Although there is some debate over the prevalence of older drivers in road accident statistics, it is widely agreed that, when controlling for exposure, drivers over 70 are at increased risk of an at-fault accident—with the data being comparable to those for the under-25 age group (e.g., [2, 4, 9, 11, 1315]). Casualty rates per mile driven increase with age after 70–75 years [16], and the risk increases exponentially for drivers in their 80s [4, 11, 14]. Whilst physical frailty is undoubtedly a factor in these statistics, the evidence for an association between age and crash risk is growing; any remaining doubt is probably more due to the smaller population of older drivers and “self-regulation” of their driving behaviours (cf. [4]).

Indeed, we currently rely on self-regulation to control the risk—expecting older drivers to declare for themselves when they are unfit to drive. But the evidence suggests this does not always work—many drivers are not aware of (or do not recognise) their own limitations [9, 11], and they either do not cease driving early enough or conversely cease driving too soon [17]. “Because of (a) lack of information, feedback, and insight, elderly drivers are not, I believe, in a good position to determine for themselves when they should reduce or cease driving” [9, page 171]. Moreover, as the older driving population grows and becomes more mobile, it is anticipated that mileages will increase, as will the need to face more challenging traffic conditions [12].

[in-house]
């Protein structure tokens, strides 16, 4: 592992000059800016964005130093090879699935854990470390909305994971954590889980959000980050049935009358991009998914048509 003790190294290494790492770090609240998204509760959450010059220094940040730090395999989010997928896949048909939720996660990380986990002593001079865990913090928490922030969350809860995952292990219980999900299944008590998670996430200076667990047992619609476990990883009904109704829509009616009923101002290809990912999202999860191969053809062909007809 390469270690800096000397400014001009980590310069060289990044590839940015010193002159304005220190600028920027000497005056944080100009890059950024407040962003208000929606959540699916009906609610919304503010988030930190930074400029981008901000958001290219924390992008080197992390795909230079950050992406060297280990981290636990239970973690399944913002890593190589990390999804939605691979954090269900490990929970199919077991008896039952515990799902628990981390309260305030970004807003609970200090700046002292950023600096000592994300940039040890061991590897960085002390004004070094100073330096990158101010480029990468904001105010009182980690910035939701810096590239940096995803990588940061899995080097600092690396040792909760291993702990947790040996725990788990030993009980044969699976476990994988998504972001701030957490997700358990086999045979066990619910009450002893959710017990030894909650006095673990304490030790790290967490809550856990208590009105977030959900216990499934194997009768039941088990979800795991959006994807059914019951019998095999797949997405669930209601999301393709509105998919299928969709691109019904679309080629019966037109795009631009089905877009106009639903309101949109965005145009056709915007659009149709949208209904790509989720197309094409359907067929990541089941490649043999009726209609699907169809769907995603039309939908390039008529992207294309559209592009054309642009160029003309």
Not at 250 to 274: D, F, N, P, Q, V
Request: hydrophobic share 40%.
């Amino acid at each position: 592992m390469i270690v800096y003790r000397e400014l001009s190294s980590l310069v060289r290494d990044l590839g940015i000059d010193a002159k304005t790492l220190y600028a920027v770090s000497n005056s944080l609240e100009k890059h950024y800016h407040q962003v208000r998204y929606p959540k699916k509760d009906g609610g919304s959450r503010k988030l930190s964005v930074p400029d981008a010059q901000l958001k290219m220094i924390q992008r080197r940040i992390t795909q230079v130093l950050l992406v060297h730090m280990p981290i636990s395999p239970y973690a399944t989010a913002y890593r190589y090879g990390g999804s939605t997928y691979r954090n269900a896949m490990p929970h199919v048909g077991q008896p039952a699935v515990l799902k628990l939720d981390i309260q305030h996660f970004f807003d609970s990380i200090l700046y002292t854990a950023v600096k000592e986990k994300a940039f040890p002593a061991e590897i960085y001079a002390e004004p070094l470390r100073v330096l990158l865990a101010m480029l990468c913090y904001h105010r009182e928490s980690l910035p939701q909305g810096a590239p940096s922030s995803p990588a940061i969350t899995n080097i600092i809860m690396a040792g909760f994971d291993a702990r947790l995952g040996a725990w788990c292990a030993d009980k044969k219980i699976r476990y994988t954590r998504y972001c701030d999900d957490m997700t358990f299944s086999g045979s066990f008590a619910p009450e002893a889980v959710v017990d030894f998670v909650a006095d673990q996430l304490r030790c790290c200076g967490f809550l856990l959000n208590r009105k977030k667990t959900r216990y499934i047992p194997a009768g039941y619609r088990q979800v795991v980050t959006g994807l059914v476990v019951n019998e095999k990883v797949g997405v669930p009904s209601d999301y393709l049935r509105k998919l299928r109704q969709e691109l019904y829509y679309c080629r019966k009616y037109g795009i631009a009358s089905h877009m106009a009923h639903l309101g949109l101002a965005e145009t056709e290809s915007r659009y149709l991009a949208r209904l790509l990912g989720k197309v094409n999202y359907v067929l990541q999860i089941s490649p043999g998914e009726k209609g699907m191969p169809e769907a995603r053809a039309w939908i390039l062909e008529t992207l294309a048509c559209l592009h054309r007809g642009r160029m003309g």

We have already said that, per mile driven, older drivers are almost at a similar risk of a crash as young drivers. When the types of accidents are analysed, though, it is clear that older drivers differ from younger groups in that their accidents are less about taking risks, but more about errors of perception or judgement [2, 4, 11, 14]. Rather than single-vehicle accidents involving speed, alcohol, or fatigue, older drivers have multiple-vehicle accidents at junctions involving giving way, or when turning or changing lanes. This tends to be due to deficits in “bottom-up” visual and cognitive processing, as opposed to “top-down” failures of experience or expertise [13]. Verhaegen [18] argues that this decrement in performance is consistent with the notion that cognitive abilities decline with age.